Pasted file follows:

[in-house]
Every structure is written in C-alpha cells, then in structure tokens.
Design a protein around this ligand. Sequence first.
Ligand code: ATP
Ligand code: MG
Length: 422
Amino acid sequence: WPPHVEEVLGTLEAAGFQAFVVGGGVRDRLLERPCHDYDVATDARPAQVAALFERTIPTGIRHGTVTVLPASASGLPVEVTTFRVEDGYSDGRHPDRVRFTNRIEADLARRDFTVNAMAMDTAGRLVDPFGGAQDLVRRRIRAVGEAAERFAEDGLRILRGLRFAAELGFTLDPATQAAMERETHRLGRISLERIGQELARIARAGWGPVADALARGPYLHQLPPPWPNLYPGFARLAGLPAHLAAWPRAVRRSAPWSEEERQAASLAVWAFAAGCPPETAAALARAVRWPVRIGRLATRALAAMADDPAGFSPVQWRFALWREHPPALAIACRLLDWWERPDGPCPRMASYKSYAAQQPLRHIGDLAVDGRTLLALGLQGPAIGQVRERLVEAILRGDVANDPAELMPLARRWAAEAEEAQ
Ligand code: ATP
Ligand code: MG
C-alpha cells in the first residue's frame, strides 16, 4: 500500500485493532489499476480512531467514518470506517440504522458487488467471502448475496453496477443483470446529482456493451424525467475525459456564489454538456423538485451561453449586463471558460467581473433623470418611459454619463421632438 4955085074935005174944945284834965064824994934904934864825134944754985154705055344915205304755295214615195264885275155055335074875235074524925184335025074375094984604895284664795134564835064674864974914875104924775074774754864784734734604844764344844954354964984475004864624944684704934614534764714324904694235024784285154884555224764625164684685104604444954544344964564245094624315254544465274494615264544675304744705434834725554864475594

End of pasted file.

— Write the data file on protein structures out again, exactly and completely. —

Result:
[in-house]
Every structure is written in C-alpha cells, then in structure tokens.
Design a protein around this ligand. Sequence first.
Ligand code: ATP
Ligand code: MG
Length: 422
Amino acid sequence: WPPHVEEVLGTLEAAGFQAFVVGGGVRDRLLERPCHDYDVATDARPAQVAALFERTIPTGIRHGTVTVLPASASGLPVEVTTFRVEDGYSDGRHPDRVRFTNRIEADLARRDFTVNAMAMDTAGRLVDPFGGAQDLVRRRIRAVGEAAERFAEDGLRILRGLRFAAELGFTLDPATQAAMERETHRLGRISLERIGQELARIARAGWGPVADALARGPYLHQLPPPWPNLYPGFARLAGLPAHLAAWPRAVRRSAPWSEEERQAASLAVWAFAAGCPPETAAALARAVRWPVRIGRLATRALAAMADDPAGFSPVQWRFALWREHPPALAIACRLLDWWERPDGPCPRMASYKSYAAQQPLRHIGDLAVDGRTLLALGLQGPAIGQVRERLVEAILRGDVANDPAELMPLARRWAAEAEEAQ
Ligand code: ATP
Ligand code: MG
C-alpha cells in the first residue's frame, strides 16, 4: 500500500485493532489499476480512531467514518470506517440504522458487488467471502448475496453496477443483470446529482456493451424525467475525459456564489454538456423538485451561453449586463471558460467581473433623470418611459454619463421632438 4955085074935005174944945284834965064824994934904934864825134944754985154705055344915205304755295214615195264885275155055335074875235074524925184335025074375094984604895284664795134564835064674864974914875104924775074774754864784734734604844764344844954354964984475004864624944684704934614534764714324904694235024784285154884555224764625164684685104604444954544344964564245094624315254544465274494615264544675304744705434834725554864475594